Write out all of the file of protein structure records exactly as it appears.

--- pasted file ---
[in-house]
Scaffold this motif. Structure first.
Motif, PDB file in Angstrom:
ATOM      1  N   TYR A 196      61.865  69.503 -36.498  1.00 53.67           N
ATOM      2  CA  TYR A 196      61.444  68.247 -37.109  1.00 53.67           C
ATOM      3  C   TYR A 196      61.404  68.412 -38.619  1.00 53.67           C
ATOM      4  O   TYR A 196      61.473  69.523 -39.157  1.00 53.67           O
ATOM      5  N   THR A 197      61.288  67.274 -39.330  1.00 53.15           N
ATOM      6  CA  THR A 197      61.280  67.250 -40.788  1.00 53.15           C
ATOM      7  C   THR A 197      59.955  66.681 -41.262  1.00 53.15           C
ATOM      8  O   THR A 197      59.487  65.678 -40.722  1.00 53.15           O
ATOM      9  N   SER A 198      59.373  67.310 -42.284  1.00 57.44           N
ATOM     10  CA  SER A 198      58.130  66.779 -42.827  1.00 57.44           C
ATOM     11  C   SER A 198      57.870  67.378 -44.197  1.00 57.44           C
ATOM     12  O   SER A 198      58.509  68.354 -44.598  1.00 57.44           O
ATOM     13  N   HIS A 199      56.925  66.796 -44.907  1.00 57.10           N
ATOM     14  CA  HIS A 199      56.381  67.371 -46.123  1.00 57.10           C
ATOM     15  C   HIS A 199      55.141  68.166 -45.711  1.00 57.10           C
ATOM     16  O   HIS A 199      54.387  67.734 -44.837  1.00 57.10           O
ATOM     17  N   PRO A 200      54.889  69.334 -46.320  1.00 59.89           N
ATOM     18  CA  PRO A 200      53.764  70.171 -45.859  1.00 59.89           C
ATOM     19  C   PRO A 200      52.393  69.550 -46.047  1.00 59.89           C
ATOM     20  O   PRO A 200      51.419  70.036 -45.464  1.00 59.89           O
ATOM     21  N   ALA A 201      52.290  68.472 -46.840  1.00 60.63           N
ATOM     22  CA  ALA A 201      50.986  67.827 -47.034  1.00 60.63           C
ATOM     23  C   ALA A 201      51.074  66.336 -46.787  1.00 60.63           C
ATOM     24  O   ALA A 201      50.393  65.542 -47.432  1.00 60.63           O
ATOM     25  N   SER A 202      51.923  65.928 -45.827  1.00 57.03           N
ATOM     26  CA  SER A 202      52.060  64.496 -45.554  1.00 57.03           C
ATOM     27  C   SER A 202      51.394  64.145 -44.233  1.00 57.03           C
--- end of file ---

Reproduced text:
[in-house]
Scaffold this motif. Structure first.
Motif, PDB file in Angstrom:
ATOM      1  N   TYR A 196      61.865  69.503 -36.498  1.00 53.67           N
ATOM      2  CA  TYR A 196      61.444  68.247 -37.109  1.00 53.67           C
ATOM      3  C   TYR A 196      61.404  68.412 -38.619  1.00 53.67           C
ATOM      4  O   TYR A 196      61.473  69.523 -39.157  1.00 53.67           O
ATOM      5  N   THR A 197      61.288  67.274 -39.330  1.00 53.15           N
ATOM      6  CA  THR A 197      61.280  67.250 -40.788  1.00 53.15           C
ATOM      7  C   THR A 197      59.955  66.681 -41.262  1.00 53.15           C
ATOM      8  O   THR A 197      59.487  65.678 -40.722  1.00 53.15           O
ATOM      9  N   SER A 198      59.373  67.310 -42.284  1.00 57.44           N
ATOM     10  CA  SER A 198      58.130  66.779 -42.827  1.00 57.44           C
ATOM     11  C   SER A 198      57.870  67.378 -44.197  1.00 57.44           C
ATOM     12  O   SER A 198      58.509  68.354 -44.598  1.00 57.44           O
ATOM     13  N   HIS A 199      56.925  66.796 -44.907  1.00 57.10           N
ATOM     14  CA  HIS A 199      56.381  67.371 -46.123  1.00 57.10           C
ATOM     15  C   HIS A 199      55.141  68.166 -45.711  1.00 57.10           C
ATOM     16  O   HIS A 199      54.387  67.734 -44.837  1.00 57.10           O
ATOM     17  N   PRO A 200      54.889  69.334 -46.320  1.00 59.89           N
ATOM     18  CA  PRO A 200      53.764  70.171 -45.859  1.00 59.89           C
ATOM     19  C   PRO A 200      52.393  69.550 -46.047  1.00 59.89           C
ATOM     20  O   PRO A 200      51.419  70.036 -45.464  1.00 59.89           O
ATOM     21  N   ALA A 201      52.290  68.472 -46.840  1.00 60.63           N
ATOM     22  CA  ALA A 201      50.986  67.827 -47.034  1.00 60.63           C
ATOM     23  C   ALA A 201      51.074  66.336 -46.787  1.00 60.63           C
ATOM     24  O   ALA A 201      50.393  65.542 -47.432  1.00 60.63           O
ATOM     25  N   SER A 202      51.923  65.928 -45.827  1.00 57.03           N
ATOM     26  CA  SER A 202      52.060  64.496 -45.554  1.00 57.03           C
ATOM     27  C   SER A 202      51.394  64.145 -44.233  1.00 57.03           C